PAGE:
Villanelle

The villanelle has a reputation in some quarters as a difficult form, but in fact it's a doddle. One of its main features is that entire lines are repeated. So you start very simply by writing a rhyming couplet, and immediately you find almost half the poem is written already! Then you decide what the "other" rhyme is going to be. After that it's practically all over; just a matter of filling in the gaps. As an example, here's a villanelle I wrote early in the 1998-9 football season when Aston Villa were top of the Premiership table (temporarily, obviously).

Aston Villanelle
The boys with claret chests and sleeves of blue
Have found their form, and now they're riding high.
For every goal you score, they will get two.

Results this season prove what Brummies knew.
They won't get beat, however hard you try,
The boys with claret chests and sleeves of blue.

Come Liverpool and Leeds, Chelsea, Man U!
At Villa Park your title dreams will die -
For every goal you score, they will get two.

Some silverware up here is overdue.
This season we can praise them to the sky,
The boys with claret chests and sleeves of blue.

And even if Stan Collymore gets flu,
There's Joachim and Merson (what a buy!) -
For every goal you score, they will get two.

The table tells you what I say is true,
A fact that you'd be foolish to deny:
The boys with claret chests and sleeves of blue,
For every goal you score, they will get two.

For maximum effect, this should be read in a Brummie accent. Anyway, we have five tercets and a quatrain, with a rhyming scheme that goes:

A1
b
A2

a
b
A1

a
b
A2

a
b
A1

a
b
A2

a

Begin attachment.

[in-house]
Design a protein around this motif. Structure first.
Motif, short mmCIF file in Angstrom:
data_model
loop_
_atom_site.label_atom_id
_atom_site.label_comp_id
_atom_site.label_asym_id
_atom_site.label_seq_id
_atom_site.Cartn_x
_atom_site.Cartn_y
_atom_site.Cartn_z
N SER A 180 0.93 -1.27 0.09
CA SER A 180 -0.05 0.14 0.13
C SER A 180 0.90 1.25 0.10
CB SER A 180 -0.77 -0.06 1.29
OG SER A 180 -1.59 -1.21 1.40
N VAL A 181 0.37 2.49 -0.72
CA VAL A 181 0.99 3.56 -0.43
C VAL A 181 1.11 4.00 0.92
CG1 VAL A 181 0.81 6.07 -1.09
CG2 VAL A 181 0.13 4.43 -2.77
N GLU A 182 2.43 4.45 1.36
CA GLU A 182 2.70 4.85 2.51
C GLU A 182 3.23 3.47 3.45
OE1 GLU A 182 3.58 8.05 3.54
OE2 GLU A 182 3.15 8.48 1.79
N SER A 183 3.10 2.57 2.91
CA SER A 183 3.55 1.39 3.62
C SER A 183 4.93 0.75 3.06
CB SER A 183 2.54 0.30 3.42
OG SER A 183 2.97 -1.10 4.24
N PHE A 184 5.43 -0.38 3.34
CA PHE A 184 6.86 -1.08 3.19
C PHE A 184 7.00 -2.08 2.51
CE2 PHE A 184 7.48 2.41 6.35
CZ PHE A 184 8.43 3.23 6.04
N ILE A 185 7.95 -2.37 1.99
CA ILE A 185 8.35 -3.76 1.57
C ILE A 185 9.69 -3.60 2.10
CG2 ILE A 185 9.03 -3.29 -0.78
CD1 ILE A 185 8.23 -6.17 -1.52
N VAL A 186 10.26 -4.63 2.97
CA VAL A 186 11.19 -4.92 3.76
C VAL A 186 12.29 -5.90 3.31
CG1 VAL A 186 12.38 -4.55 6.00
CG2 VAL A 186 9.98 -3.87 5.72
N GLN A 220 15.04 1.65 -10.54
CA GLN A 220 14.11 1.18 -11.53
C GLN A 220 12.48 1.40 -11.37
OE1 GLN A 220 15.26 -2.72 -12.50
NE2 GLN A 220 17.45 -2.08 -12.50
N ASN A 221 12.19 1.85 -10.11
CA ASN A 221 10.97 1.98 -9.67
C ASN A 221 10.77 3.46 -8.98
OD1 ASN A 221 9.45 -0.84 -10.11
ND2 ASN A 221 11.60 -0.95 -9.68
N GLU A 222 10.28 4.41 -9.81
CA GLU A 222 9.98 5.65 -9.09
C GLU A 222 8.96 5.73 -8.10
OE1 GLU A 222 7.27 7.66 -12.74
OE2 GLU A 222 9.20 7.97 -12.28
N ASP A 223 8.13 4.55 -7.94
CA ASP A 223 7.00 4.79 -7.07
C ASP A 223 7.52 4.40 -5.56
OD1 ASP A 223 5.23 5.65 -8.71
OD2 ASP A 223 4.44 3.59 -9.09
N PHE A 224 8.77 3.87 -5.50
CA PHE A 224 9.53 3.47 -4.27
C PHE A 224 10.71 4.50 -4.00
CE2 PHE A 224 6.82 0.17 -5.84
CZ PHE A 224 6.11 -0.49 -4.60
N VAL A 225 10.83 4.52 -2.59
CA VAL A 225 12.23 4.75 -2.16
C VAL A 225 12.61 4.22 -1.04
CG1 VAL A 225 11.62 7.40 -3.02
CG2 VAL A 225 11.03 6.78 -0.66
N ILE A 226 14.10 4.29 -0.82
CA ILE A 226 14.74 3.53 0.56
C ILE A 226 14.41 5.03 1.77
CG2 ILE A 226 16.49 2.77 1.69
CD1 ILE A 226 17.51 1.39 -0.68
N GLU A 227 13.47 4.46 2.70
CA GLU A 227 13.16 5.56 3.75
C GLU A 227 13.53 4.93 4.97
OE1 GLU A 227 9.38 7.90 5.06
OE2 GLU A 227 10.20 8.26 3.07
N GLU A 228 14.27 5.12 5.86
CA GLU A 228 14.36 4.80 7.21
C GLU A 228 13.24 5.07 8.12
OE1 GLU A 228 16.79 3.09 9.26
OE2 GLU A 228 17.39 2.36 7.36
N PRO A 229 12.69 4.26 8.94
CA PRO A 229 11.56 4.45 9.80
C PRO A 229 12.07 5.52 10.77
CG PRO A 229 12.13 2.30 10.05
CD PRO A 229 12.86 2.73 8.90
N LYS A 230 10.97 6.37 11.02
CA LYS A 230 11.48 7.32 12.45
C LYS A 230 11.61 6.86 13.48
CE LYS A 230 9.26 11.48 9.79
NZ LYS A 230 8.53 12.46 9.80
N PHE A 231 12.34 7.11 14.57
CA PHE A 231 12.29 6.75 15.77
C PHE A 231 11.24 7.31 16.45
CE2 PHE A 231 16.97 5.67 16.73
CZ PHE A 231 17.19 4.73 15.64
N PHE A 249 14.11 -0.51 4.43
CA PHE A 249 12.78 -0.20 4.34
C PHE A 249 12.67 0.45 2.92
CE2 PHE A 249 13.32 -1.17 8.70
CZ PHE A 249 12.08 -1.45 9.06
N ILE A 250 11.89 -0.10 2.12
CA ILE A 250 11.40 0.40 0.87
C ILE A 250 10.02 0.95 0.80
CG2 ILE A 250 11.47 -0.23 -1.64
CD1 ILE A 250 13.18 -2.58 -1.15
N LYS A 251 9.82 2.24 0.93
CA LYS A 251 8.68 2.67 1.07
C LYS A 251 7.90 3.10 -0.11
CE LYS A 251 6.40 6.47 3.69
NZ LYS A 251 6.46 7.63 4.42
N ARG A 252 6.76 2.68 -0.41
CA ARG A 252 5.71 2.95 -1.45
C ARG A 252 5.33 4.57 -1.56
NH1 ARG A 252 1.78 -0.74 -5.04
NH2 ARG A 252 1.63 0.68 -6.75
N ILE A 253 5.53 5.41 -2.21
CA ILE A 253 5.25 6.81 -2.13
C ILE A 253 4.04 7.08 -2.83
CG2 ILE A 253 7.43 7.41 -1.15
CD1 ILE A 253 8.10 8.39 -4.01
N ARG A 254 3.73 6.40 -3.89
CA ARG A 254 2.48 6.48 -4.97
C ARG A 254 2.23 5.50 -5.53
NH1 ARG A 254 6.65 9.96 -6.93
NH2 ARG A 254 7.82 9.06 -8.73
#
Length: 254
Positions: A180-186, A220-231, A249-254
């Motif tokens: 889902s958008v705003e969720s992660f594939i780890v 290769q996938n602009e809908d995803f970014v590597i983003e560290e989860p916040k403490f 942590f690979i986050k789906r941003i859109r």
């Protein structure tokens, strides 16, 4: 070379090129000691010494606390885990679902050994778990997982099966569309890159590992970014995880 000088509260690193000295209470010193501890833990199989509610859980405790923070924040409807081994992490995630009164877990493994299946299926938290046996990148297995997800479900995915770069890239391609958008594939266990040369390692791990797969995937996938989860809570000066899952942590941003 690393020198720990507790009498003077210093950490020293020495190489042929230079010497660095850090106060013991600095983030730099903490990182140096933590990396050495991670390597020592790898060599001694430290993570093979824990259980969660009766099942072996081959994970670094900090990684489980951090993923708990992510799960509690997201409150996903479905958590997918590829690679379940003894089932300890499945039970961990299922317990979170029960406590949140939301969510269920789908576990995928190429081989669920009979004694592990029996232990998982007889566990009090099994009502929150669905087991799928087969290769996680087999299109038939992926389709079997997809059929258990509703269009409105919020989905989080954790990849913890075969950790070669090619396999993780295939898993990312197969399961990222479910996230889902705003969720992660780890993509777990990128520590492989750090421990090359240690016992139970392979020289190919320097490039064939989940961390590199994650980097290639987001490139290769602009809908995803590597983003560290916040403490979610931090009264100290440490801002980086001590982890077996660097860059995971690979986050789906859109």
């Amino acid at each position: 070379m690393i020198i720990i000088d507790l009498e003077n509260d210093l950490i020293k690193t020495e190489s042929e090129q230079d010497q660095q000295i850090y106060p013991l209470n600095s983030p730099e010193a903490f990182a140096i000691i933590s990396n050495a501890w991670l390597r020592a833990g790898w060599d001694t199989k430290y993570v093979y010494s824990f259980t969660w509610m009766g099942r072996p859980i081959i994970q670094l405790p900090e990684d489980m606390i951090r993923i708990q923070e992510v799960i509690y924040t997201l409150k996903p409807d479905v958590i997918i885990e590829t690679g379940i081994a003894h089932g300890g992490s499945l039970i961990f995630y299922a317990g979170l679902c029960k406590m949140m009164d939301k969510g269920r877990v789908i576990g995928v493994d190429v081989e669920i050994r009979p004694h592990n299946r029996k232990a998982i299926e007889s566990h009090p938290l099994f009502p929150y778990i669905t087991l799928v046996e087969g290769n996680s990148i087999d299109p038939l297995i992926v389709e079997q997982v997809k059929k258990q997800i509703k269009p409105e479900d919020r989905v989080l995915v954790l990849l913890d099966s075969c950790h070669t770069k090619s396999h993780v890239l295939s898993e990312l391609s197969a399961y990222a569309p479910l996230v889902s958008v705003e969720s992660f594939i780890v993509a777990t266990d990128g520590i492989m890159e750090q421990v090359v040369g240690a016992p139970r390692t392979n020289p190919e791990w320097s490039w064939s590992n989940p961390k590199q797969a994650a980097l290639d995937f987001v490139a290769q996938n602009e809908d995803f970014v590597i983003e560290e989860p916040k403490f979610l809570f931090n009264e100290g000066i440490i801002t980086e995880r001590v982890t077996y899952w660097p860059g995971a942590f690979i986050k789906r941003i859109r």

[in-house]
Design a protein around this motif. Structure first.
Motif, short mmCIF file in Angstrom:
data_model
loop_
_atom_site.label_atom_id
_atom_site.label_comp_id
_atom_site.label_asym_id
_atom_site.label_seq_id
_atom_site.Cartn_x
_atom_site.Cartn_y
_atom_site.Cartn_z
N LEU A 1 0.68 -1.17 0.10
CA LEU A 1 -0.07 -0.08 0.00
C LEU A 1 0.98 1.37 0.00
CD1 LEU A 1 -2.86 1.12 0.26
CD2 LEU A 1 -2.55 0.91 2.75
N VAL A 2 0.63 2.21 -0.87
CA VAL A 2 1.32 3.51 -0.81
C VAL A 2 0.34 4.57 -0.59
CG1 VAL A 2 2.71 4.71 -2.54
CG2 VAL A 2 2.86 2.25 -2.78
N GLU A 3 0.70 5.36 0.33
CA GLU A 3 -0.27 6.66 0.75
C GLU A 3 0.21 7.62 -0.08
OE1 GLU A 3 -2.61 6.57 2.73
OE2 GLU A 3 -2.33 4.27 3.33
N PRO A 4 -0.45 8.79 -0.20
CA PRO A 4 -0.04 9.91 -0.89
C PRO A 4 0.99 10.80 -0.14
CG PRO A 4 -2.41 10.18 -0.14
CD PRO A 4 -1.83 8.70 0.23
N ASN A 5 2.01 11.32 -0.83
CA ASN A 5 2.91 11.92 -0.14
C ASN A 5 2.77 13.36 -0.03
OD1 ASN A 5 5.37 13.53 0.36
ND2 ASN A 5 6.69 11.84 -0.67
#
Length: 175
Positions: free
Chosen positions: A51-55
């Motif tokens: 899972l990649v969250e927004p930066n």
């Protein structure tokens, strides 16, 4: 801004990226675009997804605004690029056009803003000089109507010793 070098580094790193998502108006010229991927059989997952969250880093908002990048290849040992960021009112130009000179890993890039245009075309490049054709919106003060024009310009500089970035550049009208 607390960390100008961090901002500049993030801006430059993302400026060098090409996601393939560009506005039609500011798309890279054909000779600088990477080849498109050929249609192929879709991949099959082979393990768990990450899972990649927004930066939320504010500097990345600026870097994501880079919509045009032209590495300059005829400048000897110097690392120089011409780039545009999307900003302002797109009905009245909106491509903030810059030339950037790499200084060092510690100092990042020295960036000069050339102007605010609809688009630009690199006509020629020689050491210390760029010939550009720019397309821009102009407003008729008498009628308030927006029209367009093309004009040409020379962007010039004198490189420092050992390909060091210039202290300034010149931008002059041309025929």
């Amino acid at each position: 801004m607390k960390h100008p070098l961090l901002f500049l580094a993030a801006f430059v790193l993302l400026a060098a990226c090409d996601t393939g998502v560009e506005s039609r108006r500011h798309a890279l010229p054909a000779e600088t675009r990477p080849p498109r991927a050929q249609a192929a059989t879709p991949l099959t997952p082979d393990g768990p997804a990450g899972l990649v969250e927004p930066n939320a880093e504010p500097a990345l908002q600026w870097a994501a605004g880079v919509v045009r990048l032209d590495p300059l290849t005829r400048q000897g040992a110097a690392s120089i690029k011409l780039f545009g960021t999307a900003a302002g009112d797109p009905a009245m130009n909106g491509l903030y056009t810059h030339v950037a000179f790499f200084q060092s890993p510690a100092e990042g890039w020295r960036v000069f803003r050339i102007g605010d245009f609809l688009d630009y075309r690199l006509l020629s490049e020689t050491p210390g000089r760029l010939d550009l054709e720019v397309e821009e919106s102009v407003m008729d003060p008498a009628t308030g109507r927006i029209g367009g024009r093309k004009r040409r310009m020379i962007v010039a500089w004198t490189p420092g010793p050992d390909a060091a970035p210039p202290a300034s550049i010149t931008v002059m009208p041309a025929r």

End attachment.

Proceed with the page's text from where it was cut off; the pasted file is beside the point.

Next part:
b
A1
A2

Here A1 and A2 are the two rhyming lines we started with, each "a" represents another line that rhymes with them both, and the "b"s all rhyme with each other. Note that there are 5 "a"s here, so you need 5 more words that rhyme with your original couplet; and there are 6 "b"s, so you'll need another 6 words that rhyme with each other. If you have in mind a line that ends with the word "orange", then the villanelle is not the verse form you want to try and build around it!

The 19-line villanelle as shown here is the standard form, but occasionally a poet will put in extra pair (or two, or even more) of tercets, yielding a villanelle of 25 lines (or 31, or even longer). I once submitted a 31-line villanelle to a magazine. The editor rejected it, saying that it was 12 lines too long to be a villanelle. I went away and sulked a bit. . .  then worked on it until it had 151 lines. (I would claim a world record for this, if I thought anybody was likely to be interested.) It still hasn't been published, of course.

A related form - much less well-known - is the villancico. See also the virelai nouveau.

Notable villanelles

Villanelle of his Lady's treasures, by Ernest Dowson.
Pan
(a double villanelle), by Oscar Wilde
Do not go gentle into that good night, by Dylan Thomas.
If I could tell you, by W H Auden.
Reading Scheme, by Wendy Cope.

There's also a nice example The Threshold on Elizabeth Kay's site.

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Bob Newman 2004. All rights reserved.

This page last updated 16/02/2007